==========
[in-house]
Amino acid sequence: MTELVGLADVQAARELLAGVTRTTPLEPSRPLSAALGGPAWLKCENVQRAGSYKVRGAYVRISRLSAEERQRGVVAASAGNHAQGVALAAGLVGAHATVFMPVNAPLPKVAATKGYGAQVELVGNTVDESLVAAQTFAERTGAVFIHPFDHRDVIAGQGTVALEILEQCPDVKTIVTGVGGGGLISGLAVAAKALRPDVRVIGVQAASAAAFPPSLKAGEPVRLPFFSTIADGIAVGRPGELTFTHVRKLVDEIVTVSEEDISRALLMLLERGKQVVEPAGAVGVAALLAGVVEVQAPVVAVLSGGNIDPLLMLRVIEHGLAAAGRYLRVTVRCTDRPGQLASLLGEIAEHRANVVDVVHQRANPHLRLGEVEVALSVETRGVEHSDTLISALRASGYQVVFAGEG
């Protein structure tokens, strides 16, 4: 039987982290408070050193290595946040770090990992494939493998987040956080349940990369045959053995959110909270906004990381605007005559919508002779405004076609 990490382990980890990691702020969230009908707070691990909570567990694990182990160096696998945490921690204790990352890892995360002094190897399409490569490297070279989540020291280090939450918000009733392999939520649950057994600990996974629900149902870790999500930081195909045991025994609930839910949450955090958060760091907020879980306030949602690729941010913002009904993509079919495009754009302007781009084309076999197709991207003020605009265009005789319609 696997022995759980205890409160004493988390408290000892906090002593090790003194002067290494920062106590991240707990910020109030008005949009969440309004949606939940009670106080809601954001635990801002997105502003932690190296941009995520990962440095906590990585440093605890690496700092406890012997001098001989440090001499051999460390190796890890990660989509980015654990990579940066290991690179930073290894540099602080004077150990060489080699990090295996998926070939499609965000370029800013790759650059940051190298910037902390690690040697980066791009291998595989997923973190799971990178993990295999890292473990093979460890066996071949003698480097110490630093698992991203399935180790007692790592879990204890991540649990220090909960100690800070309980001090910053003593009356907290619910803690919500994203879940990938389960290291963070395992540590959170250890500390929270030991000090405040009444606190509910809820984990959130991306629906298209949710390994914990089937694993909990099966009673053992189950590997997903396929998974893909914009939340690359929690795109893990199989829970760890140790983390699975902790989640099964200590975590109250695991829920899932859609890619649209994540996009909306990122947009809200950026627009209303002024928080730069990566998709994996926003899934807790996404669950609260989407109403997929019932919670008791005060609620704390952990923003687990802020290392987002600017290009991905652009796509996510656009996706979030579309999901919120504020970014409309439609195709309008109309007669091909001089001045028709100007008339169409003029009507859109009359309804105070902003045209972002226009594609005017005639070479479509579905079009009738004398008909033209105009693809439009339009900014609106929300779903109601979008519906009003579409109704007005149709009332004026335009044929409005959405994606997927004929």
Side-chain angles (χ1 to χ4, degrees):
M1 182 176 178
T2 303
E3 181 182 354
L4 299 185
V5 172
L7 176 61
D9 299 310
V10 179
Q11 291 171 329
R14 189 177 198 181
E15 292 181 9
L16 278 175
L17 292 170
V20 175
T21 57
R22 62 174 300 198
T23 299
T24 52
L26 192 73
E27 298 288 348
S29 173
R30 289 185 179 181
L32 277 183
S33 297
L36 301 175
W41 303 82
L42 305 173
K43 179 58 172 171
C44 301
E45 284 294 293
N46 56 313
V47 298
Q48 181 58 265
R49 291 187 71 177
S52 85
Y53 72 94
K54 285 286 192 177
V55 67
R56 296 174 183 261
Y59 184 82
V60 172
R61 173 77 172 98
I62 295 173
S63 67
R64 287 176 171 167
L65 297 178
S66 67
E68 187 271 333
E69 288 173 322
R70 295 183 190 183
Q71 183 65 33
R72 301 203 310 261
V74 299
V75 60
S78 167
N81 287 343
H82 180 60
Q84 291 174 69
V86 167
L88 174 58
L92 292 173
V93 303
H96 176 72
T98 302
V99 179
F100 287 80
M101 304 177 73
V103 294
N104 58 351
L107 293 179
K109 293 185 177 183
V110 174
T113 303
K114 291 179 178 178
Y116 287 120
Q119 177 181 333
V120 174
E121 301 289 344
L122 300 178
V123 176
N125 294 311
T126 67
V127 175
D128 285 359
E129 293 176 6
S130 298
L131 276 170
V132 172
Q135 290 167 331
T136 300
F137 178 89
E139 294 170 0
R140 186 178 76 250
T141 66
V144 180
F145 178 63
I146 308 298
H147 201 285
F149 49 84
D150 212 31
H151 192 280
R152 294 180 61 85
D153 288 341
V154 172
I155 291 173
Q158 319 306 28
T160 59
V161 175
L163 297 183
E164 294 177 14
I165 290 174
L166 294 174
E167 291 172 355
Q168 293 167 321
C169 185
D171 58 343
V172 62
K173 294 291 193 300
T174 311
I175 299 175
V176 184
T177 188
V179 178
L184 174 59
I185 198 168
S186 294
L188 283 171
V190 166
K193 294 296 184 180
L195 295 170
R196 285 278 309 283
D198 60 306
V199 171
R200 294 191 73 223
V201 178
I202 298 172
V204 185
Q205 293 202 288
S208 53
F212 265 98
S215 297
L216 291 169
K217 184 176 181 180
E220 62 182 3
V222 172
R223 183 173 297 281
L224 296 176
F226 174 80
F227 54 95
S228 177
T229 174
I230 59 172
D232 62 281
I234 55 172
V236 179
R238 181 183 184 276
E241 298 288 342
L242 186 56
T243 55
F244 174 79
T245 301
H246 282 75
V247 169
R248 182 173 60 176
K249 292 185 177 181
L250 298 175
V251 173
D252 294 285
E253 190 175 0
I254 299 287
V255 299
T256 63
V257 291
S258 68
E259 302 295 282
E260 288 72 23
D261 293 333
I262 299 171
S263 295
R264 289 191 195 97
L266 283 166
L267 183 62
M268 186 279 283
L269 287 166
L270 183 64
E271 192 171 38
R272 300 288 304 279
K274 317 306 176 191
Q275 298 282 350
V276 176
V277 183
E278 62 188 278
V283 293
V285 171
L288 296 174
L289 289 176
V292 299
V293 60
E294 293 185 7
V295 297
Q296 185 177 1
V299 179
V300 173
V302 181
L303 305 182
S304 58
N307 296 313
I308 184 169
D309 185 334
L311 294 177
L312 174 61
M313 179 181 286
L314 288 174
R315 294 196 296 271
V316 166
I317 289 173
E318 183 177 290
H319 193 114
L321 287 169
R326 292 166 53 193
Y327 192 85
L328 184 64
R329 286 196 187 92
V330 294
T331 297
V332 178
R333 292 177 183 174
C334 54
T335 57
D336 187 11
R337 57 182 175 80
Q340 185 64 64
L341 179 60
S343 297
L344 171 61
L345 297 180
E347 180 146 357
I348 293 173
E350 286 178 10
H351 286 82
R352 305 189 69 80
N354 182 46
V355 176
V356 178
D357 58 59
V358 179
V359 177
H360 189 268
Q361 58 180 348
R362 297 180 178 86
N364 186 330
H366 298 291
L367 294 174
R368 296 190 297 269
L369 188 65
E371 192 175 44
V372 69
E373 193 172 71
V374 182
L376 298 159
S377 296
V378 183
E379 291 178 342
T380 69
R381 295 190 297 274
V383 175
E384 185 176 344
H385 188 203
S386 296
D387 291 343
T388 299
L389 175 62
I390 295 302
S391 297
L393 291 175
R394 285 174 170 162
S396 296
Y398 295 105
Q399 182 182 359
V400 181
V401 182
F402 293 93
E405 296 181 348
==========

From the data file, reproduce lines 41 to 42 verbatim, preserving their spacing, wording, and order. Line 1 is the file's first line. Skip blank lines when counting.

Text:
K54 285 286 192 177
V55 67